April 1991, Volume 41, Issue 4

Original Article


Sajid Maqbool  ( Departments of Paediatrics and Nephrology, Shaikh Zayed Hospital, Lahore. )
Mohammad Akbar  ( Departments of Paediatrics and Nephrology, Shaikh Zayed Hospital, Lahore. )
Tahir Shafi  ( Departments of Paediatrics and Nephrology, Shaikh Zayed Hospital, Lahore. )
Muhammad Walayat  ( Departments of Paediatrics and Nephrology, Shaikh Zayed Hospital, Lahore. )
Asif Javaid  ( Departments of Paediatrics and Nephrology, Shaikh Zayed Hospital, Lahore. )


Of the 4070 children admitted in the. department of paediatrics, 830 (24%) presented with diarrhoea. Eleven of these had haemolytic ureamic syndromie (HUS) characterised by microangiopathic haemolytic anaemia, throm­bocytopenia and acute renal failure. Only 3 had positive stool cultures (E.Coli 2, shigella dysenteriae 1). Two children expired while the rest recovered with conservative management and peritoneal dialysis. Thus HUS should be remembered as a complication of diarrhoea and a cause of acute renal failure in children (JPMA 41: 78, 1991).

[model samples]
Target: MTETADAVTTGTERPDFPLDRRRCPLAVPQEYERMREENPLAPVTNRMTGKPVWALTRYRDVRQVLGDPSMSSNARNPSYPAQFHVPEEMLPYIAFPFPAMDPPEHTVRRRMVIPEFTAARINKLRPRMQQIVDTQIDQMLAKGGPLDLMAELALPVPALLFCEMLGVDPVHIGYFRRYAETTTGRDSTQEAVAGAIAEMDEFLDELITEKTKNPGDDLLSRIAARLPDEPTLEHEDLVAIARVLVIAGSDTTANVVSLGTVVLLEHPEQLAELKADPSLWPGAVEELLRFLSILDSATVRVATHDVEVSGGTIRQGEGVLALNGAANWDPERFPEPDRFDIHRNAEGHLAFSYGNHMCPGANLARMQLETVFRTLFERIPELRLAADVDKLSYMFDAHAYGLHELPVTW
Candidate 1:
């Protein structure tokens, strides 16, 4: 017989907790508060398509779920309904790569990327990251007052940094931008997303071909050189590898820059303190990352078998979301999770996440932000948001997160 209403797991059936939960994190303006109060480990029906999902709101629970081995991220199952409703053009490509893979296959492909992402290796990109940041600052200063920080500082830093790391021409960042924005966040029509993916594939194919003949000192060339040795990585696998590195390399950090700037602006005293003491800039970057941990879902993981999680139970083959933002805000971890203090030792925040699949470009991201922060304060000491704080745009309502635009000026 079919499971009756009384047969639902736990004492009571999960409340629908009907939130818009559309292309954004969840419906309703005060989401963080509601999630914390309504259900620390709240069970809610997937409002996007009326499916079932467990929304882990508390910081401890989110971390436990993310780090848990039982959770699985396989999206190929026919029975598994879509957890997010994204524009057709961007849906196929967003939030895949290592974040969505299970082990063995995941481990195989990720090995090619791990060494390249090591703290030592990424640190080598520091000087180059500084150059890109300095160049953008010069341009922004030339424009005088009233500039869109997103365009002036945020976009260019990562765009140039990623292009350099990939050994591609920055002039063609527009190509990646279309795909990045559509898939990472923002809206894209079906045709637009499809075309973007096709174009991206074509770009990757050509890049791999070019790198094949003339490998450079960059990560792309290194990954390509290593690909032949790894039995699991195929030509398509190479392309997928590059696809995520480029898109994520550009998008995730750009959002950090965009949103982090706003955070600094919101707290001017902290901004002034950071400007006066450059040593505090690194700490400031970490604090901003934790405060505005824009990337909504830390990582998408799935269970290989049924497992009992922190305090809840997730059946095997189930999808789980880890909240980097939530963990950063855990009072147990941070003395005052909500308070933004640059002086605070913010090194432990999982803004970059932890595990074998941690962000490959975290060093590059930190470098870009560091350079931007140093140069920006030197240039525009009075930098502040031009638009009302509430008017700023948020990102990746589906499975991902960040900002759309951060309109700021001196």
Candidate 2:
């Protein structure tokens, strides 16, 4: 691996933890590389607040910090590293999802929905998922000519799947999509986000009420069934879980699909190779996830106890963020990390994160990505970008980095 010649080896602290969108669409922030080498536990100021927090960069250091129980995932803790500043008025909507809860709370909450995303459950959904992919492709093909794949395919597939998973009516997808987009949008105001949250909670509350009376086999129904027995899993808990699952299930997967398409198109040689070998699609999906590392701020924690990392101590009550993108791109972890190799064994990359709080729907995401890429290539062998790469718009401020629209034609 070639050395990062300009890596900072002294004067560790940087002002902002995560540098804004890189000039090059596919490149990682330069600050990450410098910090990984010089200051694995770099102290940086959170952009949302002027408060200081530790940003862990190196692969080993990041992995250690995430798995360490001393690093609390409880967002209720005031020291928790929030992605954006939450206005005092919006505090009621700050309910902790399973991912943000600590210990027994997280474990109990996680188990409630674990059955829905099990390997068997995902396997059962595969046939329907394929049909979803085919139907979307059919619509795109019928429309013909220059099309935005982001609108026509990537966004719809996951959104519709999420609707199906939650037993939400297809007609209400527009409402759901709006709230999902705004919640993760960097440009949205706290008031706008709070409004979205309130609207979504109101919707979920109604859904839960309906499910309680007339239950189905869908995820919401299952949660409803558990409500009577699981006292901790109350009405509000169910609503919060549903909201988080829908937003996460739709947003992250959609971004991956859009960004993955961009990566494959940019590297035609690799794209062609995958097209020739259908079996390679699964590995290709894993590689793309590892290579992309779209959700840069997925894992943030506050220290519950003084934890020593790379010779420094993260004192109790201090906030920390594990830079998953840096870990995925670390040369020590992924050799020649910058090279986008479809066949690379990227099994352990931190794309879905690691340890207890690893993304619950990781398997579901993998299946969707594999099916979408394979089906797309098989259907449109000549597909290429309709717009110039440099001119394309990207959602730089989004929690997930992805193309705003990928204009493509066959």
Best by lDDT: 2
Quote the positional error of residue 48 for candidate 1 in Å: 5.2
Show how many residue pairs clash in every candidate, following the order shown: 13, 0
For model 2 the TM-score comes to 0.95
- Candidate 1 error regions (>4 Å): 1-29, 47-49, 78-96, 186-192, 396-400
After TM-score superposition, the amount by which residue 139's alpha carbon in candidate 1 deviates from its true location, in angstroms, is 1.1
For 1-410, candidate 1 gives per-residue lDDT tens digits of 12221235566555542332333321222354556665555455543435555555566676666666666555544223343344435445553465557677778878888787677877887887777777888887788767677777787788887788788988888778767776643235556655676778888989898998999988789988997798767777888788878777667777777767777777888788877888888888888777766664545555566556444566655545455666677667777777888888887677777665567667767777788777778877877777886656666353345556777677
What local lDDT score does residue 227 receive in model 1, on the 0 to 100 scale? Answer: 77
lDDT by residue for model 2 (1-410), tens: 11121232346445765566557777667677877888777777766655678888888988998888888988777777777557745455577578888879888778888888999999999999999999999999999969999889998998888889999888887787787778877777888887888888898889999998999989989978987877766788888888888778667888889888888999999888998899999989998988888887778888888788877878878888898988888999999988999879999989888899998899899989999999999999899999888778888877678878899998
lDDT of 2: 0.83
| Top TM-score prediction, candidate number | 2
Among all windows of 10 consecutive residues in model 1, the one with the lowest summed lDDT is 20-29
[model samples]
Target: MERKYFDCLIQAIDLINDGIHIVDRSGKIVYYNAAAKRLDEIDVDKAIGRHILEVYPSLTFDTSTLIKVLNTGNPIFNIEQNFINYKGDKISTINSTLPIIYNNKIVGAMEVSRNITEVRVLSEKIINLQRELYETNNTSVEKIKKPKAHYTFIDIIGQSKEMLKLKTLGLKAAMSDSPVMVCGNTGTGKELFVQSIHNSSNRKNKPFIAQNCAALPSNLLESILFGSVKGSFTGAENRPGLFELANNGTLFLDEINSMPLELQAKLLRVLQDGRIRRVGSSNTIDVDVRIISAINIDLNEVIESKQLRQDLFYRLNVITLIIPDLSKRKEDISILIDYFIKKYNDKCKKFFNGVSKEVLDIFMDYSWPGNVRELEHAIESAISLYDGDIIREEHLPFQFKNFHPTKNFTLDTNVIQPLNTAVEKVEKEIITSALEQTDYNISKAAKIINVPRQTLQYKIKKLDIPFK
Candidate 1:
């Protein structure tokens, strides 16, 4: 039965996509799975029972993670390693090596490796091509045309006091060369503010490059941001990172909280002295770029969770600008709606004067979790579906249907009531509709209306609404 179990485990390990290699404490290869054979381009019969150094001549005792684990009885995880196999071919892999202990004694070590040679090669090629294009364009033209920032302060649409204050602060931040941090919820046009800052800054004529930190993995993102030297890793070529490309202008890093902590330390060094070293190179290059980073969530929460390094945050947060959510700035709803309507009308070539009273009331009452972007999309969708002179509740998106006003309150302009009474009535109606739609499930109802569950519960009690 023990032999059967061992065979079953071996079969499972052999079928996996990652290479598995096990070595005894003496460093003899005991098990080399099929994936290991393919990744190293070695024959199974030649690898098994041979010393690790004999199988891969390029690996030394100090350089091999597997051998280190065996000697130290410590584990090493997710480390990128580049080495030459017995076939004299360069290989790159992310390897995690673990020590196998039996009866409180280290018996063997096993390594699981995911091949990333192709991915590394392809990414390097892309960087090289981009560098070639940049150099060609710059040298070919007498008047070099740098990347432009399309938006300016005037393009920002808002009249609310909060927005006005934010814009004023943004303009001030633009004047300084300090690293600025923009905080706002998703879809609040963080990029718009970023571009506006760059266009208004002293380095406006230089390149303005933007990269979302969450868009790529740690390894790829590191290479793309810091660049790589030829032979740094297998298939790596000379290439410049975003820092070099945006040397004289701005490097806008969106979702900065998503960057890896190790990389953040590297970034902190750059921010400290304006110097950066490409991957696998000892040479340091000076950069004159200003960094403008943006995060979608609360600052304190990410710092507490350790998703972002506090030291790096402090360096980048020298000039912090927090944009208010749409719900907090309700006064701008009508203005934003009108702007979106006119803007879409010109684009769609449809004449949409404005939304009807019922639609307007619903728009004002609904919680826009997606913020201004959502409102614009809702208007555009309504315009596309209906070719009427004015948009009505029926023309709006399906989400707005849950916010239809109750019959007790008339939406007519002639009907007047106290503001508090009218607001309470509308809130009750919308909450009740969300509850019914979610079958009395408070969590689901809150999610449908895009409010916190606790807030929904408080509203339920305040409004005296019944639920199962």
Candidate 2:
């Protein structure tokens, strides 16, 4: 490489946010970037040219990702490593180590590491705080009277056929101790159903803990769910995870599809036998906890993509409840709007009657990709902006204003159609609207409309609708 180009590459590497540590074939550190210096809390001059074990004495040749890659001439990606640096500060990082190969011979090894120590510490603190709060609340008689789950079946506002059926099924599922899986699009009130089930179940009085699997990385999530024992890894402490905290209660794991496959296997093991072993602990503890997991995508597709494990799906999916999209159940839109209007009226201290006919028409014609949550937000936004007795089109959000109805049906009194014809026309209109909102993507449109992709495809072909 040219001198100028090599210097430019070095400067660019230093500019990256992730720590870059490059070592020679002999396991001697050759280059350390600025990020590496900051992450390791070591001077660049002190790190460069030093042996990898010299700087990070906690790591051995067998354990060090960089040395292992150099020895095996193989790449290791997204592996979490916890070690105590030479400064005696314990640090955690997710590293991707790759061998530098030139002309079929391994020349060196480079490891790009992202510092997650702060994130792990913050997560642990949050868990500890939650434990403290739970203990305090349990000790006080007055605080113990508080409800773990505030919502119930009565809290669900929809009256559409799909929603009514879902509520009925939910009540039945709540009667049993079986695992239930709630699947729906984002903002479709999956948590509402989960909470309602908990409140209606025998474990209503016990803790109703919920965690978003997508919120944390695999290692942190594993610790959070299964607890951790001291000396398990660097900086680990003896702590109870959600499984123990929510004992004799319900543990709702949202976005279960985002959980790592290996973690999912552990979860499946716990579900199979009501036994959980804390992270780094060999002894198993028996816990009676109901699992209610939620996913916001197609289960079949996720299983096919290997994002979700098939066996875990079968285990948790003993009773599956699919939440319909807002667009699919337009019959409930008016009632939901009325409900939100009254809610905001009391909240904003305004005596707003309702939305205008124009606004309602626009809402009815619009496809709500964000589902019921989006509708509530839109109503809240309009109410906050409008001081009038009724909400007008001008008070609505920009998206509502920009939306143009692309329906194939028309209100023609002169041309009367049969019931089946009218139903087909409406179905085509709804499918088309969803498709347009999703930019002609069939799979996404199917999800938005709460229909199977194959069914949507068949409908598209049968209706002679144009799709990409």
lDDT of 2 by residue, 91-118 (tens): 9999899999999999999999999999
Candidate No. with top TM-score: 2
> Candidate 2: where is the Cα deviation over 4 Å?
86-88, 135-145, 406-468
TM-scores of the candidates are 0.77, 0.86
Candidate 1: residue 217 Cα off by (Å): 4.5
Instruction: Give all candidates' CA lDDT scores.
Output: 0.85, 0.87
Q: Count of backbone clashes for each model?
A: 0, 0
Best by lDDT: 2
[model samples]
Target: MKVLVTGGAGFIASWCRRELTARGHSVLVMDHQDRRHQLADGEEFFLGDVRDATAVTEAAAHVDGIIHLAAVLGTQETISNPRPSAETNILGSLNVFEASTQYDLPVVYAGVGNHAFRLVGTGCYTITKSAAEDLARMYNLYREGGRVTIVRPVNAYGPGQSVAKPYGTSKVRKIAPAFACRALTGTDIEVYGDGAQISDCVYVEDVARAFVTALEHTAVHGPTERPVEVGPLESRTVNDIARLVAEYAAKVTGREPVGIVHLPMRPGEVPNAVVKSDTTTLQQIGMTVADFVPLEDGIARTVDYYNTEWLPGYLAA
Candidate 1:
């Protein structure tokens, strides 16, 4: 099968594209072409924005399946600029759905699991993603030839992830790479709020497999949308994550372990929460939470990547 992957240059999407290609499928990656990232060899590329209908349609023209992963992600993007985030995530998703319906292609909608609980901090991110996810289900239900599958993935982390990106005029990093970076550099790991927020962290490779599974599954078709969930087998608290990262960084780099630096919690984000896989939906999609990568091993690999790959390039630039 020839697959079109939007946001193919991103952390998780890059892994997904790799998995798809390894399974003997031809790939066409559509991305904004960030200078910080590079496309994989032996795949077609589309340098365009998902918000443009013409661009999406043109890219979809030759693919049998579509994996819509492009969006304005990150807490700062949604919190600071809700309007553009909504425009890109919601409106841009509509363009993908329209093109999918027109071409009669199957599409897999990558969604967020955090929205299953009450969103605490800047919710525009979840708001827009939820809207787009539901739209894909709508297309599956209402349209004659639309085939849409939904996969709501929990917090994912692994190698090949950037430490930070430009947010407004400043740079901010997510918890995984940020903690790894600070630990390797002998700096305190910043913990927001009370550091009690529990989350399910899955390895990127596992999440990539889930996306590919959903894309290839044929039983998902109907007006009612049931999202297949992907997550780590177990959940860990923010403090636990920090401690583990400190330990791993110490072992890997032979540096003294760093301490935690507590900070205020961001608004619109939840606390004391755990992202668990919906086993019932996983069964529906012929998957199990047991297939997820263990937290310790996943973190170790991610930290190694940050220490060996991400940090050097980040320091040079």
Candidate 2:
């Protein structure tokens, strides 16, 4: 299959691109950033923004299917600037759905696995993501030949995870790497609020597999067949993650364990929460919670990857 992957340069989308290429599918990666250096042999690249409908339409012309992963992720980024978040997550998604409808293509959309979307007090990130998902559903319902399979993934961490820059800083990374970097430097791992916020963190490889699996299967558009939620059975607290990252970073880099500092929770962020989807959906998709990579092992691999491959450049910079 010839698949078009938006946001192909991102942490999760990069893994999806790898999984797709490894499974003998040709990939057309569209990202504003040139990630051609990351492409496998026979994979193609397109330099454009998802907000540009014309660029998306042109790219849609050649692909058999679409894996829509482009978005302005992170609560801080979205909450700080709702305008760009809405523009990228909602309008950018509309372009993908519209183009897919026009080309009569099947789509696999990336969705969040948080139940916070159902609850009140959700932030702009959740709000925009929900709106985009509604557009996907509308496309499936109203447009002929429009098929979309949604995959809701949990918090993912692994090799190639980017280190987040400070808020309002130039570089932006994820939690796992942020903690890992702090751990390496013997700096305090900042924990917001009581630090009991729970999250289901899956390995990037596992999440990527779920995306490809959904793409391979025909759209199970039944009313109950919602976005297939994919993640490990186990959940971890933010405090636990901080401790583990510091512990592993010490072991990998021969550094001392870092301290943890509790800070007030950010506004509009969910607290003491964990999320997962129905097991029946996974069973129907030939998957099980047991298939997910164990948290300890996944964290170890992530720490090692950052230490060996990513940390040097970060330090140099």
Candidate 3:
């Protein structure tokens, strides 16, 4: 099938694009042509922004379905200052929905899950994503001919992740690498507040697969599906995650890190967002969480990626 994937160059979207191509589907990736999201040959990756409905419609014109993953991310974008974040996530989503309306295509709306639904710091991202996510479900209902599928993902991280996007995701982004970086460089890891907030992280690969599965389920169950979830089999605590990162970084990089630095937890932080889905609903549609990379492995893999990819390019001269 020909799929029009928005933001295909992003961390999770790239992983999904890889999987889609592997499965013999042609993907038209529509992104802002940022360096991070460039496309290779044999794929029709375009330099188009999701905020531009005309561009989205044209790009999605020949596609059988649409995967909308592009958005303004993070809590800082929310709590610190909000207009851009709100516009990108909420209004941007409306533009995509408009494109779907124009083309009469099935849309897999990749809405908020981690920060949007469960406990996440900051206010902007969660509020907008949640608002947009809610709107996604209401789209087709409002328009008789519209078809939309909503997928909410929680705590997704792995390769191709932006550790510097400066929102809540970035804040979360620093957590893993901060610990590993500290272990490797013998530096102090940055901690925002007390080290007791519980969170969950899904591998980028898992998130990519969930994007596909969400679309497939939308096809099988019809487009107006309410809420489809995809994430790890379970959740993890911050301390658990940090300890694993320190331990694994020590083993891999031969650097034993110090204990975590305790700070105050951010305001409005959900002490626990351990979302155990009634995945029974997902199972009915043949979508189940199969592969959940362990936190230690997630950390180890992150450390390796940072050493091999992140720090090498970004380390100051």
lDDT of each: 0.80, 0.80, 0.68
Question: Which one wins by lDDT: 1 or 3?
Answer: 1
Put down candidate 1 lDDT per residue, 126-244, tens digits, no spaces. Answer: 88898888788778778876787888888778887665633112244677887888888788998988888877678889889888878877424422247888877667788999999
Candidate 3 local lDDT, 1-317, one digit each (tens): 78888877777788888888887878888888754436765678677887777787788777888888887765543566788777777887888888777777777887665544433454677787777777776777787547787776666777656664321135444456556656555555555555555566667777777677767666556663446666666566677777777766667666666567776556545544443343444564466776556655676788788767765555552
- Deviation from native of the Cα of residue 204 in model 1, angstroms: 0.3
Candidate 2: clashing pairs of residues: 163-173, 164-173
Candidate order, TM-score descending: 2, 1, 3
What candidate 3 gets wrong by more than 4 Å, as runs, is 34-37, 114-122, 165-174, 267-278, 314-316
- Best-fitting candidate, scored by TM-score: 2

The triad of thrombocytopenia, microangiopathic baemolytic anaemia and acute nephropathy charac­tenses the HUS. This riresents the final common pathway for a number of pathogenic processes. The name HUS was given by Gasser and coworkers in 1955, with the belief that future studies would reveal a variety of causes, pathogenic mechanism and subsets of this syndrome1. We present our experience with 11 patients admitted to our hospital with this diagnosis.


All admitted patients suffering from gastrointestinal and respiratory problems were screened to rule out BUS. The diagnosis of BUS was established if evidence of acute renal failure, thrombocytopenia and fragmented RBCs were found on peripheral blood picture. Diagnostic workup included a complete blood picture with platelet count, evaluation of peripheral smear by a haematologist, complete urine analysis, blood urea (BUN), creatinine, serum electrolytes and fibrin degradation product es­timation. Stool examination and cultures of stools and blood were also done. The management was mostly conservative, (correction and maintenance of fluid and electrolyte balance, blood transfusion, antibiotics as needed). Peritoneal dialysis was done when there was continued deterioration of clinical condition, rising BUN, creatinine, persistent anunia, oligufia and acidosis. These children were followed up till dischhrge and later as outpatients.